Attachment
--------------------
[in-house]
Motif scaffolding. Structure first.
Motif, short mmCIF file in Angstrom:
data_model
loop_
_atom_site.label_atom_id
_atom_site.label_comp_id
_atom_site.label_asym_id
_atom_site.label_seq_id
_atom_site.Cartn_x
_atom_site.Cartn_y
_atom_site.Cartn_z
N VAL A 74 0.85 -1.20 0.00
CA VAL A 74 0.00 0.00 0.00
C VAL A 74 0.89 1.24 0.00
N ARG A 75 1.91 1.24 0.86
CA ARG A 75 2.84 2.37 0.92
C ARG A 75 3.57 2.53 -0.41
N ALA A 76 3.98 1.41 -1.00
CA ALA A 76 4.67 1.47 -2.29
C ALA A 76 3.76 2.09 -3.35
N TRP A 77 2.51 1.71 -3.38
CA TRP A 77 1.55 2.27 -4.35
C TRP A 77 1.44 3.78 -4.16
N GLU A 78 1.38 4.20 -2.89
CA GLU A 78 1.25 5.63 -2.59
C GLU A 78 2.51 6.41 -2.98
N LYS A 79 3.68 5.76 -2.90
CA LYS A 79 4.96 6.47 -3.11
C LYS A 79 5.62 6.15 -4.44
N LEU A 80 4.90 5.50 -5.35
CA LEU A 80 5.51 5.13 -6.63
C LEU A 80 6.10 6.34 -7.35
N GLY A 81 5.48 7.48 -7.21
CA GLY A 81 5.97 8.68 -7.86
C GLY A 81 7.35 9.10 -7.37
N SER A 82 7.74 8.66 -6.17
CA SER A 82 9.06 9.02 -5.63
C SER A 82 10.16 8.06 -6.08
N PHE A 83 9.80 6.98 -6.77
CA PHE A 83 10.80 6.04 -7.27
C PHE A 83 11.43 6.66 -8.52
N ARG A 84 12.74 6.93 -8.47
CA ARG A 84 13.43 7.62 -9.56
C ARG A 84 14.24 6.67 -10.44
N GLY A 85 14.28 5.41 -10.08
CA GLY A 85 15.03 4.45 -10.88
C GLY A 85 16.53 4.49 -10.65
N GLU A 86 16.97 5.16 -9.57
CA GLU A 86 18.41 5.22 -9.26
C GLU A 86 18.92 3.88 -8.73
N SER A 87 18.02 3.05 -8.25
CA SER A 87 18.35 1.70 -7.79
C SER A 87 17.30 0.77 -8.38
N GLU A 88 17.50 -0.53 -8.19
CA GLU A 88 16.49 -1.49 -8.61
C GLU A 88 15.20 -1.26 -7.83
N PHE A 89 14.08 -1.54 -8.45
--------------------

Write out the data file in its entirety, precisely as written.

[in-house]
Motif scaffolding. Structure first.
Motif, short mmCIF file in Angstrom:
data_model
loop_
_atom_site.label_atom_id
_atom_site.label_comp_id
_atom_site.label_asym_id
_atom_site.label_seq_id
_atom_site.Cartn_x
_atom_site.Cartn_y
_atom_site.Cartn_z
N VAL A 74 0.85 -1.20 0.00
CA VAL A 74 0.00 0.00 0.00
C VAL A 74 0.89 1.24 0.00
N ARG A 75 1.91 1.24 0.86
CA ARG A 75 2.84 2.37 0.92
C ARG A 75 3.57 2.53 -0.41
N ALA A 76 3.98 1.41 -1.00
CA ALA A 76 4.67 1.47 -2.29
C ALA A 76 3.76 2.09 -3.35
N TRP A 77 2.51 1.71 -3.38
CA TRP A 77 1.55 2.27 -4.35
C TRP A 77 1.44 3.78 -4.16
N GLU A 78 1.38 4.20 -2.89
CA GLU A 78 1.25 5.63 -2.59
C GLU A 78 2.51 6.41 -2.98
N LYS A 79 3.68 5.76 -2.90
CA LYS A 79 4.96 6.47 -3.11
C LYS A 79 5.62 6.15 -4.44
N LEU A 80 4.90 5.50 -5.35
CA LEU A 80 5.51 5.13 -6.63
C LEU A 80 6.10 6.34 -7.35
N GLY A 81 5.48 7.48 -7.21
CA GLY A 81 5.97 8.68 -7.86
C GLY A 81 7.35 9.10 -7.37
N SER A 82 7.74 8.66 -6.17
CA SER A 82 9.06 9.02 -5.63
C SER A 82 10.16 8.06 -6.08
N PHE A 83 9.80 6.98 -6.77
CA PHE A 83 10.80 6.04 -7.27
C PHE A 83 11.43 6.66 -8.52
N ARG A 84 12.74 6.93 -8.47
CA ARG A 84 13.43 7.62 -9.56
C ARG A 84 14.24 6.67 -10.44
N GLY A 85 14.28 5.41 -10.08
CA GLY A 85 15.03 4.45 -10.88
C GLY A 85 16.53 4.49 -10.65
N GLU A 86 16.97 5.16 -9.57
CA GLU A 86 18.41 5.22 -9.26
C GLU A 86 18.92 3.88 -8.73
N SER A 87 18.02 3.05 -8.25
CA SER A 87 18.35 1.70 -7.79
C SER A 87 17.30 0.77 -8.38
N GLU A 88 17.50 -0.53 -8.19
CA GLU A 88 16.49 -1.49 -8.61
C GLU A 88 15.20 -1.26 -7.83
N PHE A 89 14.08 -1.54 -8.45